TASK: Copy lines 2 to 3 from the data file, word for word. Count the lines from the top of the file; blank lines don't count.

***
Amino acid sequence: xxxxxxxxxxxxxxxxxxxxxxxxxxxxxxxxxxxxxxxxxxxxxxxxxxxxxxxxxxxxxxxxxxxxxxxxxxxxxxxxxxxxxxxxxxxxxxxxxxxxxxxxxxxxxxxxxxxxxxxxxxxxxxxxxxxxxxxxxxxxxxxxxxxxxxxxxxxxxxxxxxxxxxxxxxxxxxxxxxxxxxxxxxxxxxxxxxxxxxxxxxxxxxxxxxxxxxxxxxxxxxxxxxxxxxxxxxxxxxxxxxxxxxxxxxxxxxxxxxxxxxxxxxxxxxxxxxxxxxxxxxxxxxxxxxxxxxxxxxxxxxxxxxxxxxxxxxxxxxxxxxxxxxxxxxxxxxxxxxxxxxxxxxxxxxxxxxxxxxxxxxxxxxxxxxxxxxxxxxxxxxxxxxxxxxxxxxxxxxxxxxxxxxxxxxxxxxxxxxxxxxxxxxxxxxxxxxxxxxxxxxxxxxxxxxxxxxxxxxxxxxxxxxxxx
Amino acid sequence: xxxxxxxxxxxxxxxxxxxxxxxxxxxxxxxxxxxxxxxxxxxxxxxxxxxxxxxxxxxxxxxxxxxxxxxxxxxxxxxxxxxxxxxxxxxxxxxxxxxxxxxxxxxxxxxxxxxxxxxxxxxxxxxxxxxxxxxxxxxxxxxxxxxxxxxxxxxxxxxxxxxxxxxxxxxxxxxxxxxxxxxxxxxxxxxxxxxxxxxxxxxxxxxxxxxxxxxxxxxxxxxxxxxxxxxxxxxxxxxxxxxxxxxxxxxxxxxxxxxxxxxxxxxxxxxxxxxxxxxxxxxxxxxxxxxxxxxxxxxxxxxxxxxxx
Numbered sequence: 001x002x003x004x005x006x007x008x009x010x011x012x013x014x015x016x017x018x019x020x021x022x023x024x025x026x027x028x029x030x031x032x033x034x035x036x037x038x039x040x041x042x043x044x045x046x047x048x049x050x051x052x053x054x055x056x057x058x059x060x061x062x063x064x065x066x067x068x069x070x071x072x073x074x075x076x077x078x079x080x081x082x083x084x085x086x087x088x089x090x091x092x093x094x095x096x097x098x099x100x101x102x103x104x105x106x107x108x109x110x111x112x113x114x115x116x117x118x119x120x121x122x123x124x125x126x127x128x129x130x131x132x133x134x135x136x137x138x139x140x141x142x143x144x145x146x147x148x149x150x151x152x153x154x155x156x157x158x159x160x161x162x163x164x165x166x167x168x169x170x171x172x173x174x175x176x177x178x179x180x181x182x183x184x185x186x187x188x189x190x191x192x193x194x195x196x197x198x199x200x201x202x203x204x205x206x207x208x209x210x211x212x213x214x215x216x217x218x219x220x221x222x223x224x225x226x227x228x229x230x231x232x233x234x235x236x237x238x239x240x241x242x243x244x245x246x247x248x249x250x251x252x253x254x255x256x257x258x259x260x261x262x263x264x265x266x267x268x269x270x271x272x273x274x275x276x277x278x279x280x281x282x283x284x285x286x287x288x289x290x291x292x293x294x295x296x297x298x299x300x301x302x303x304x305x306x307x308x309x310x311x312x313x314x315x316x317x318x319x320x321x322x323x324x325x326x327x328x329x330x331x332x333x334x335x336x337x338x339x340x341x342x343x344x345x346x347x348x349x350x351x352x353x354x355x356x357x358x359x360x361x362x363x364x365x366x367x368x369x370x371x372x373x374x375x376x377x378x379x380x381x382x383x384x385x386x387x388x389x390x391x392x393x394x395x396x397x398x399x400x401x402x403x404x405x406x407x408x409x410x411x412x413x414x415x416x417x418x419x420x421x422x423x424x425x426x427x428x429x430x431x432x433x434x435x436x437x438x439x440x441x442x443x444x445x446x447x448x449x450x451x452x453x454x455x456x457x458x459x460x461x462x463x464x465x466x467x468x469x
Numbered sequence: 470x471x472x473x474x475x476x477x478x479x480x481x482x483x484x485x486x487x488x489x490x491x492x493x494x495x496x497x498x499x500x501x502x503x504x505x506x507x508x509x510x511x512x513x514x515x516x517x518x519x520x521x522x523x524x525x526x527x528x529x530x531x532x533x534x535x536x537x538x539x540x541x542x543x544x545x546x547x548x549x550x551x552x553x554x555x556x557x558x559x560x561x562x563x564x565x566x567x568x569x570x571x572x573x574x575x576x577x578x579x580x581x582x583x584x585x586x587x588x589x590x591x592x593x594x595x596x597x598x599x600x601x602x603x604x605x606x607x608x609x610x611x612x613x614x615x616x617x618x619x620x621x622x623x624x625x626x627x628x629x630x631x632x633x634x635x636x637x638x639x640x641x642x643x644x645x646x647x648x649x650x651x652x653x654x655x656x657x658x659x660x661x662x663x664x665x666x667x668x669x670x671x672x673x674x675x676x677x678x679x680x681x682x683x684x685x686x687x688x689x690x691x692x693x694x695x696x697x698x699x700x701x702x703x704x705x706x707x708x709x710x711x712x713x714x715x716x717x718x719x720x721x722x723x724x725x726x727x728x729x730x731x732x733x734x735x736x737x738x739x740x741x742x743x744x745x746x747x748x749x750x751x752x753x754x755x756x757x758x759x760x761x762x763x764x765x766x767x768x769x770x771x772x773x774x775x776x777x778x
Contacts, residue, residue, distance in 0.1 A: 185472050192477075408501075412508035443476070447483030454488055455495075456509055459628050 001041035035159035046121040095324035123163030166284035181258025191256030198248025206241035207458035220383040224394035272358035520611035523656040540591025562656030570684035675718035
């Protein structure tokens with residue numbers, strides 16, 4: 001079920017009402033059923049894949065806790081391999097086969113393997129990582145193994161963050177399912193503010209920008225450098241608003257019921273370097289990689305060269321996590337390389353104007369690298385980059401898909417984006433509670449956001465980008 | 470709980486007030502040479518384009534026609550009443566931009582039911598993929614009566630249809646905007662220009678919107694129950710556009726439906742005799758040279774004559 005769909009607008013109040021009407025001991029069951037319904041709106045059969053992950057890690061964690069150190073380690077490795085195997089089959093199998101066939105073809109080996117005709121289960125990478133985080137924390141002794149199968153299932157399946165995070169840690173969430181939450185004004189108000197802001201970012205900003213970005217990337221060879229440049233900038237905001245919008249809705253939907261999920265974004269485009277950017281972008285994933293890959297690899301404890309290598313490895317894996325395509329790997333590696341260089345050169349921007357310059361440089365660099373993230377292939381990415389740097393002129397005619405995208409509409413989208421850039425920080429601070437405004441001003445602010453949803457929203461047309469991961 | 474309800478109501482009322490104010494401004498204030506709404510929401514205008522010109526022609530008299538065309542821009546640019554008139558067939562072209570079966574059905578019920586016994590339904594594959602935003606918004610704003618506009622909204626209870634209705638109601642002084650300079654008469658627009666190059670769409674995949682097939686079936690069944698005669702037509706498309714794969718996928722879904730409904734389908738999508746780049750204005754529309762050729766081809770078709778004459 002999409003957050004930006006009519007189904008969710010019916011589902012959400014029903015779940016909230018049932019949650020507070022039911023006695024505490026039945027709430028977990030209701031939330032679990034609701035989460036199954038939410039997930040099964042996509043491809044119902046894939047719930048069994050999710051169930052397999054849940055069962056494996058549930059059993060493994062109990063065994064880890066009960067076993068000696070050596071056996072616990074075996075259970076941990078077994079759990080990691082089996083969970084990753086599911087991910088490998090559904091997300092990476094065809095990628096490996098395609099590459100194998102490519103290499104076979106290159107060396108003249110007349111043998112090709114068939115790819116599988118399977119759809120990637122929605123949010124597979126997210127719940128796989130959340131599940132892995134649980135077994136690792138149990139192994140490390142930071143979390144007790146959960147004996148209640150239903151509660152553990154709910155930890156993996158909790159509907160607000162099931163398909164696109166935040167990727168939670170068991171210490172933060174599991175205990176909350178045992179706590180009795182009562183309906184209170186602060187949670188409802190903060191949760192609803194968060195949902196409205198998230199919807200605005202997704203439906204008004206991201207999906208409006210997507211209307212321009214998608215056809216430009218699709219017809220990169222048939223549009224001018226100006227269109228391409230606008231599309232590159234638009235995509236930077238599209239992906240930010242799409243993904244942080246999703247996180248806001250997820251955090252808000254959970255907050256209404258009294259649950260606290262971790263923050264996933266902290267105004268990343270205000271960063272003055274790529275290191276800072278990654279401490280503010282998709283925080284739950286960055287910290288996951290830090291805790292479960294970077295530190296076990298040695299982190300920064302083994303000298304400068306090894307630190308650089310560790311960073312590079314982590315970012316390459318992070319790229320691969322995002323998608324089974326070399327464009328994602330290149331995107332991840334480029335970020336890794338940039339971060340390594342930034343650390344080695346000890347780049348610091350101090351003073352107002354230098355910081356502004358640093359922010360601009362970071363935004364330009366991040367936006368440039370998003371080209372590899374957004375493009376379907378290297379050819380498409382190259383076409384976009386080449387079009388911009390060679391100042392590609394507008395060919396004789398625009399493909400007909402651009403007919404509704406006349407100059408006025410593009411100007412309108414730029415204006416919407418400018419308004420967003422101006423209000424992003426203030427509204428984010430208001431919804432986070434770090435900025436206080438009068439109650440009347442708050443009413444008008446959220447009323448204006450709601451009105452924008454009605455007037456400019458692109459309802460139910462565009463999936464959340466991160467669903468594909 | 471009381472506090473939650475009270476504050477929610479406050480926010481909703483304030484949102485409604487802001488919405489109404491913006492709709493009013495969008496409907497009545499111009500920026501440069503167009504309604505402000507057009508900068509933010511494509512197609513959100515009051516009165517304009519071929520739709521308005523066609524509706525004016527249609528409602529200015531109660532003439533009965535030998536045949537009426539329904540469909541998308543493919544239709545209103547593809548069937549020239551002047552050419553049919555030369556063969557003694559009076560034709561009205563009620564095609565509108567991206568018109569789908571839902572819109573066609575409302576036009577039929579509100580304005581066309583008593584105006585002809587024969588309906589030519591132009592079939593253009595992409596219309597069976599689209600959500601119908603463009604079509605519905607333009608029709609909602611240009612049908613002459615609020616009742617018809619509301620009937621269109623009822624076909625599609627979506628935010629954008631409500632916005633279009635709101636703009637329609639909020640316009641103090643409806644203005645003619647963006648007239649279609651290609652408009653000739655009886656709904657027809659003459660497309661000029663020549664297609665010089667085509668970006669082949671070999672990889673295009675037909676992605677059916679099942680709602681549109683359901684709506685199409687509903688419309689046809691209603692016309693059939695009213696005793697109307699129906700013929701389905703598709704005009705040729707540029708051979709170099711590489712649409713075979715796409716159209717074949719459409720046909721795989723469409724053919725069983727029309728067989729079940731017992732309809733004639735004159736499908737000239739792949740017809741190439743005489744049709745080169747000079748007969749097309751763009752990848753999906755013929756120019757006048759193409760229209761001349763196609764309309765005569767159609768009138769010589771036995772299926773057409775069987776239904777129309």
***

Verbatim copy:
Amino acid sequence: xxxxxxxxxxxxxxxxxxxxxxxxxxxxxxxxxxxxxxxxxxxxxxxxxxxxxxxxxxxxxxxxxxxxxxxxxxxxxxxxxxxxxxxxxxxxxxxxxxxxxxxxxxxxxxxxxxxxxxxxxxxxxxxxxxxxxxxxxxxxxxxxxxxxxxxxxxxxxxxxxxxxxxxxxxxxxxxxxxxxxxxxxxxxxxxxxxxxxxxxxxxxxxxxxxxxxxxxxxxxxxxxxxxxxxxxxxxxxxxxxxxxxxxxxxxxxxxxxxxxxxxxxxxxxxxxxxxxxxxxxxxxxxxxxxxxxxxxxxxxxxxxxxxxx
Numbered sequence: 001x002x003x004x005x006x007x008x009x010x011x012x013x014x015x016x017x018x019x020x021x022x023x024x025x026x027x028x029x030x031x032x033x034x035x036x037x038x039x040x041x042x043x044x045x046x047x048x049x050x051x052x053x054x055x056x057x058x059x060x061x062x063x064x065x066x067x068x069x070x071x072x073x074x075x076x077x078x079x080x081x082x083x084x085x086x087x088x089x090x091x092x093x094x095x096x097x098x099x100x101x102x103x104x105x106x107x108x109x110x111x112x113x114x115x116x117x118x119x120x121x122x123x124x125x126x127x128x129x130x131x132x133x134x135x136x137x138x139x140x141x142x143x144x145x146x147x148x149x150x151x152x153x154x155x156x157x158x159x160x161x162x163x164x165x166x167x168x169x170x171x172x173x174x175x176x177x178x179x180x181x182x183x184x185x186x187x188x189x190x191x192x193x194x195x196x197x198x199x200x201x202x203x204x205x206x207x208x209x210x211x212x213x214x215x216x217x218x219x220x221x222x223x224x225x226x227x228x229x230x231x232x233x234x235x236x237x238x239x240x241x242x243x244x245x246x247x248x249x250x251x252x253x254x255x256x257x258x259x260x261x262x263x264x265x266x267x268x269x270x271x272x273x274x275x276x277x278x279x280x281x282x283x284x285x286x287x288x289x290x291x292x293x294x295x296x297x298x299x300x301x302x303x304x305x306x307x308x309x310x311x312x313x314x315x316x317x318x319x320x321x322x323x324x325x326x327x328x329x330x331x332x333x334x335x336x337x338x339x340x341x342x343x344x345x346x347x348x349x350x351x352x353x354x355x356x357x358x359x360x361x362x363x364x365x366x367x368x369x370x371x372x373x374x375x376x377x378x379x380x381x382x383x384x385x386x387x388x389x390x391x392x393x394x395x396x397x398x399x400x401x402x403x404x405x406x407x408x409x410x411x412x413x414x415x416x417x418x419x420x421x422x423x424x425x426x427x428x429x430x431x432x433x434x435x436x437x438x439x440x441x442x443x444x445x446x447x448x449x450x451x452x453x454x455x456x457x458x459x460x461x462x463x464x465x466x467x468x469x